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Found 2 results

  1. I'm a Contracting Officer tasked with soliciting for a construction project that involves a brand name specification under the CICA waiver authority under FAR 6.302-1 Only One Responsible Source. The item is a major component of the construction project, but the value of the item is expected NOT to exceed $700k (the total construction project will be much larger). My read of the regs has always been that a 6.302-1 CICA waiver justification must include evidence that a notice of intent was posted to the GPE and interested sources responding to that notice were considered in accordance with FAR 6.302-1(d)(2), FAR 5.201, and FAR 5.207. HOWEVER, we are planning to solicit the project as a task order RFP under a multiple award IDC, and so the question was raised, does CICA and FAR Part 6 even apply? FAR 5.202(a)(6) provides an exception to the FAR 5.201 synopsis requirement for IDC orders and refers to FAR 16.505(a)(4). FAR 16.505(a)(4) states that items peculiar to one manufacturer must be justified in accordance with FAR 16.505( b)(2) (aka Fair Opportunity Exception). BOTTOM LINE: I've nearly concluded that FAR Subpart 16.5 may be the applicable regulation and not FAR Subpart 6.3, and so a FAR 16.505(b )(2) Fair Opportunity Exception would be required instead of a FAR 6.303 Justification. But I have a nagging suspicion that that's not quite right. My hesitations with a FAR 16.505(b )(2) Fair Opportunity Exception are that #1 I can't quite see how this is would restrict competition among the IDC contractors, so I can't really see how the concept of "fair opportunity" is at play. And, #2 I'm surprised to find that there is no requirement at FAR 16.505( b)(2) to post a notice of intent to the GPE--since in our situation for a brand name component, it seems to me that would be compelling information to include in the justification if we get no acceptable response from industry. And I'm also surprised because FAR 16.505 ( b)(2)(d) DOES require that the final approved Fair Opportunity Exception be posted to the GPE within 14 days (for orders >SAT). Whereas under FAR Subpart 6.3, for brand name justifications, all that is required is to attach the final approved J&A with the solicitation. I suppose that's because Fair Opportunity Exceptions under 16.505( b)(2) would never be publicized if only distributed with the solicitation because the solicitation isn't made public--it's only sent the multiple IDC contractors. Anyone have any thoughts on this? Appreciate the feedback.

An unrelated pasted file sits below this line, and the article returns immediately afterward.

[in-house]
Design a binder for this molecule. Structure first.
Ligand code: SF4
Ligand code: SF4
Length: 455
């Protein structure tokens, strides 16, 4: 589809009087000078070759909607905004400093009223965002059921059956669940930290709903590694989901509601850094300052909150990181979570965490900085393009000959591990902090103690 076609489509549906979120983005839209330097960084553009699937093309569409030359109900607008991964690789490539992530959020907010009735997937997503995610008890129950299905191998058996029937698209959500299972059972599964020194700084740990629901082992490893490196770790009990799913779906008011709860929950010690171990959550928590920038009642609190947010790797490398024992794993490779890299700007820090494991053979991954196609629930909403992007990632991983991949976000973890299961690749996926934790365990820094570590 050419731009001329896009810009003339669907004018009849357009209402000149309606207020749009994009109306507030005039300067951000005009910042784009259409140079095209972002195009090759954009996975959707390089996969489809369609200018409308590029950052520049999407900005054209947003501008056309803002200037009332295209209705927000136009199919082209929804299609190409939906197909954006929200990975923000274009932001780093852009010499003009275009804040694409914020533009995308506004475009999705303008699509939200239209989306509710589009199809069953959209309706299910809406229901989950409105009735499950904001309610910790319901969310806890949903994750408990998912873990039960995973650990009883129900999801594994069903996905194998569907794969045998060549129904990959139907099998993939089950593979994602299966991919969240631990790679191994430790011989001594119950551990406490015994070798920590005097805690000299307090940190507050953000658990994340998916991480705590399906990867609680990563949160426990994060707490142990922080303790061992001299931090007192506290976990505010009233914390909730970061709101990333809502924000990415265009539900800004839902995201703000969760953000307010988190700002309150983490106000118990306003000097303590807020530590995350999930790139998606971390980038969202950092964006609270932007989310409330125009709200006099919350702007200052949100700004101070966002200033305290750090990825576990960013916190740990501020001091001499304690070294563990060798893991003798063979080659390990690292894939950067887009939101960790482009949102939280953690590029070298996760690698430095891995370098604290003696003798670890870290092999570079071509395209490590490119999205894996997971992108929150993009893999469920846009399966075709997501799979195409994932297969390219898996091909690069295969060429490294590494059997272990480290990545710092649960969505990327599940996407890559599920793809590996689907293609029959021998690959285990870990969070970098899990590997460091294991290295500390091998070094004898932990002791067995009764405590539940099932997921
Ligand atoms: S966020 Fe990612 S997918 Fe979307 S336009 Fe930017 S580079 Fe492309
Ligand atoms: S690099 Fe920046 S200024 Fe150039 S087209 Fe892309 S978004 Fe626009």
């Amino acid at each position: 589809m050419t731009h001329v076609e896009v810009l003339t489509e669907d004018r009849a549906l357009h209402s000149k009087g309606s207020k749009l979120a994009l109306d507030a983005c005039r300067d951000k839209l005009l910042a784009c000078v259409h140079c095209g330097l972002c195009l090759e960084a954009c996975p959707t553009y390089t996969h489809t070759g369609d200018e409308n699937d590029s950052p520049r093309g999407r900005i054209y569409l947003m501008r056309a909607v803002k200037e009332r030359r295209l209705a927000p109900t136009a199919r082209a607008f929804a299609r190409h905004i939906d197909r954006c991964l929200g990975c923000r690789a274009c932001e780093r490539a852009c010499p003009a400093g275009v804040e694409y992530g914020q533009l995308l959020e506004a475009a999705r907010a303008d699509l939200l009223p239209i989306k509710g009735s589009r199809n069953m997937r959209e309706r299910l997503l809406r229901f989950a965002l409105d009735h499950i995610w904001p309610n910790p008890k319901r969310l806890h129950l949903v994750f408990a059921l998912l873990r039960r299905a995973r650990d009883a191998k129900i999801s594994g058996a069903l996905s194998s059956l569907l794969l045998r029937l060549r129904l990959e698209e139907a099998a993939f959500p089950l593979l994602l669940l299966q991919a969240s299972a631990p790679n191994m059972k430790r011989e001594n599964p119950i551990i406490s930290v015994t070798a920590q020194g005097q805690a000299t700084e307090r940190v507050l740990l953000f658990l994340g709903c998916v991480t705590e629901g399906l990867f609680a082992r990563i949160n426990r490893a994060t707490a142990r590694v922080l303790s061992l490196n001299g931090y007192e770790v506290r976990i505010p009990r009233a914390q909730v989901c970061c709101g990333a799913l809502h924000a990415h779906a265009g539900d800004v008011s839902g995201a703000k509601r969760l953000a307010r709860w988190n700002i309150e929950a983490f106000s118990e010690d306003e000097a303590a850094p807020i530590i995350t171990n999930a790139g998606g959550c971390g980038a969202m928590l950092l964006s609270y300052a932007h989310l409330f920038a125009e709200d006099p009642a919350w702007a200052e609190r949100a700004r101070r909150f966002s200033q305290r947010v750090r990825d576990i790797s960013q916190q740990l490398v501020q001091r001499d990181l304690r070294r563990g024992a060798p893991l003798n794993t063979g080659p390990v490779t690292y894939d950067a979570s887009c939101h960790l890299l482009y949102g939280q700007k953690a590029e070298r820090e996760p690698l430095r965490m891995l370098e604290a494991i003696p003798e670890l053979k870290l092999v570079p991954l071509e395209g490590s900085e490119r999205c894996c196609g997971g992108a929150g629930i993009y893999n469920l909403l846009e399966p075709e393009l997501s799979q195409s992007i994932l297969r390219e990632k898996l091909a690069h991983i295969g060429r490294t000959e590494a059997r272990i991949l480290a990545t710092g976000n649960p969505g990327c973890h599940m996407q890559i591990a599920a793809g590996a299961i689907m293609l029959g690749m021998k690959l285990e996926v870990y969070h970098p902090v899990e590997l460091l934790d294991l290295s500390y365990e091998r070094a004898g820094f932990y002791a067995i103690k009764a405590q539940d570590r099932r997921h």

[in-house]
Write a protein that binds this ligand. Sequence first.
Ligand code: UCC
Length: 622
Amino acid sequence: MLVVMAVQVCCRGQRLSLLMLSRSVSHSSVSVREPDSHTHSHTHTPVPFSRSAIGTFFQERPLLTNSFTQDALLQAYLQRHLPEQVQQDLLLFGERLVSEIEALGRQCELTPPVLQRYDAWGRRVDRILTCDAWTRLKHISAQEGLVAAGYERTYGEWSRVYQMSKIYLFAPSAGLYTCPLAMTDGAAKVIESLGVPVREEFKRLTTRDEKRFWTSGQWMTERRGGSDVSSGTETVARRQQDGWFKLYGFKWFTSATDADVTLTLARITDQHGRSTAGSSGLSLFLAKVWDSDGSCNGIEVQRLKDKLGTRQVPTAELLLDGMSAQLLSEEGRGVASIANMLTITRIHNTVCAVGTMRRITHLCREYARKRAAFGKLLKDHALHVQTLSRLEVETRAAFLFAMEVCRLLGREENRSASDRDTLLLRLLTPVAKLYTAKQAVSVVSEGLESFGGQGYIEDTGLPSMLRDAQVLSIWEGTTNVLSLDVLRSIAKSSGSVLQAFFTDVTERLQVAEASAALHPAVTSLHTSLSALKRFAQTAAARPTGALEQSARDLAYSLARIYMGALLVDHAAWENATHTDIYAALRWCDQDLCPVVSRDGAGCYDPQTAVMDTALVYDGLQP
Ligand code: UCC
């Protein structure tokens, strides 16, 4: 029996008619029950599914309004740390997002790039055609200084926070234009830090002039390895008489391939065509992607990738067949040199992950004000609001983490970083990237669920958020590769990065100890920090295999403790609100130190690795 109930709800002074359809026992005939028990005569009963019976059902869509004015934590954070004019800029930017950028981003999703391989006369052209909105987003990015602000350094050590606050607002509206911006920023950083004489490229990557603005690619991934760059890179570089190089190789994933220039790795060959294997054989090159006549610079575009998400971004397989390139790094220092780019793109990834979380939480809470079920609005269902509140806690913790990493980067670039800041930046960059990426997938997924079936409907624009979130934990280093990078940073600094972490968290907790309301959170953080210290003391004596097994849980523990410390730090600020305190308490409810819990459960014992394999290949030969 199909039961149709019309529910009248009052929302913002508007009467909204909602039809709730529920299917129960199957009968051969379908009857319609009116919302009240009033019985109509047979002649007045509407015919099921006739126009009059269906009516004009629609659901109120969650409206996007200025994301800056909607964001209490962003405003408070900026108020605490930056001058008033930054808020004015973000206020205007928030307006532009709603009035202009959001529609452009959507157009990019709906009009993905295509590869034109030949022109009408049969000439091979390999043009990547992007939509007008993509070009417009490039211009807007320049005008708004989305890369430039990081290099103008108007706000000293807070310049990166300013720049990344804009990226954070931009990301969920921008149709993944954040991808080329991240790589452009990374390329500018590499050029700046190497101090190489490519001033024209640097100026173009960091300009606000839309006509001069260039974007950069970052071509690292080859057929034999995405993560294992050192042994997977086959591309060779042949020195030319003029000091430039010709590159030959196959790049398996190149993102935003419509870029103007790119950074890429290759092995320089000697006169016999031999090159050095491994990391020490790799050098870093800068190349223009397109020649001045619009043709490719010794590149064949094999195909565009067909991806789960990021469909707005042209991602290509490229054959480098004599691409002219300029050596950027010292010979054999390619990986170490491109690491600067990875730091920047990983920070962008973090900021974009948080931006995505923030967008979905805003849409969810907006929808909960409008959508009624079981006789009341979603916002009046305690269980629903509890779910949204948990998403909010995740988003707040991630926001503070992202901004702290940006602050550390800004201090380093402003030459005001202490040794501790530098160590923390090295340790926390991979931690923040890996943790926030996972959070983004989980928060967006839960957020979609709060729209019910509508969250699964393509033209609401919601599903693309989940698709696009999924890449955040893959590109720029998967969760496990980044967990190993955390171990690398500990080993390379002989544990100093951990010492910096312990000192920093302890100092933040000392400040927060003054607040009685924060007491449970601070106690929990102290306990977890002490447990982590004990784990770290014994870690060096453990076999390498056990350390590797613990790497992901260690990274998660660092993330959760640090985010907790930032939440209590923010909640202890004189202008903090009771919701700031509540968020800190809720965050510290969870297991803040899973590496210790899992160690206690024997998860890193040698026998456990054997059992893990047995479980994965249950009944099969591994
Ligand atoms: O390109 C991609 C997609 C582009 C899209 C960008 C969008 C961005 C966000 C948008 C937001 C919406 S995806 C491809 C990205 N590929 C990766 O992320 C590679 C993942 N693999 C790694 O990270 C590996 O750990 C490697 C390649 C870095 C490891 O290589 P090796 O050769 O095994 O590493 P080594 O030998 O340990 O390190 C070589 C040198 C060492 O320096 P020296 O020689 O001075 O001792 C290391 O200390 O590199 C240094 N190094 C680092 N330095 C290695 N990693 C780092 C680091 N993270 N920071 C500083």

2. An agency issues a task order solicitation off of a Multiple Award IDIQ Master Contract. It is a competitive 8(a) award off of the 8(a) STARS II GWAC. The Master Contract requires the task order solicitations to contain the Limitation on Subcontracting clause. Somehow, the ordering agency forgot to include this clause. In evaluating the proposals, the agency realized this particular FAR clause is missing. For very good reasons which I will not go into here, the agency believes it is best NOT to amend the solicitation. That would require allowing for revised proposals and starting the evaluation process all over from the beginning. Is there any authority which the agency can use to say that the missing FAR clause is "included by reference" or something like that? We looked at the Christian Doctrine, but it turns out it only applies to contracts, not solicitations. We looked at FAR 52.216-18, which says that, in the event of any conflict between the Master IDIQ K and the task order, the Master Contract takes precedence. But again, it sounds to us like that clause only applies/addresses the contract administration stage, not the solicitation and evaluation of proposals stage. If we have to amend the solicitation, then it would be good to have GAO or COFC decisions to support this course of action so as to more easily convince the end user program office client of why it needs to be done. So we looked at whether this could be framed as a "scope" issue. FAR 16.505(a)(2) requires the orders to be "within the scope . . . of the contract." Could the task order, which was missing the FAR clause on Limitation on Subcontracting, be considered beyond the "scope" of the Master Contract, because it was missing that clause? But that seems like a dead end b/c there is a GAO decision which stated that the "scope of work" in these scope determinations refers only to the real "work" in the solicitation, meaning "Section C" stuff, not anything else. See Colette, Inc.--Request for Reconsideration, B-407561.2, Jan. 3, 2013 ("In entertaining protests related to the issuance of task orders, we have consistently understood "scope" to refer to the scope of work authorized in the underlying contract." GAO rejected the protester's argument that non-compliance with the Master Contract's instructions on how to conduct task order competitions increased the scope of work). Any ideas?
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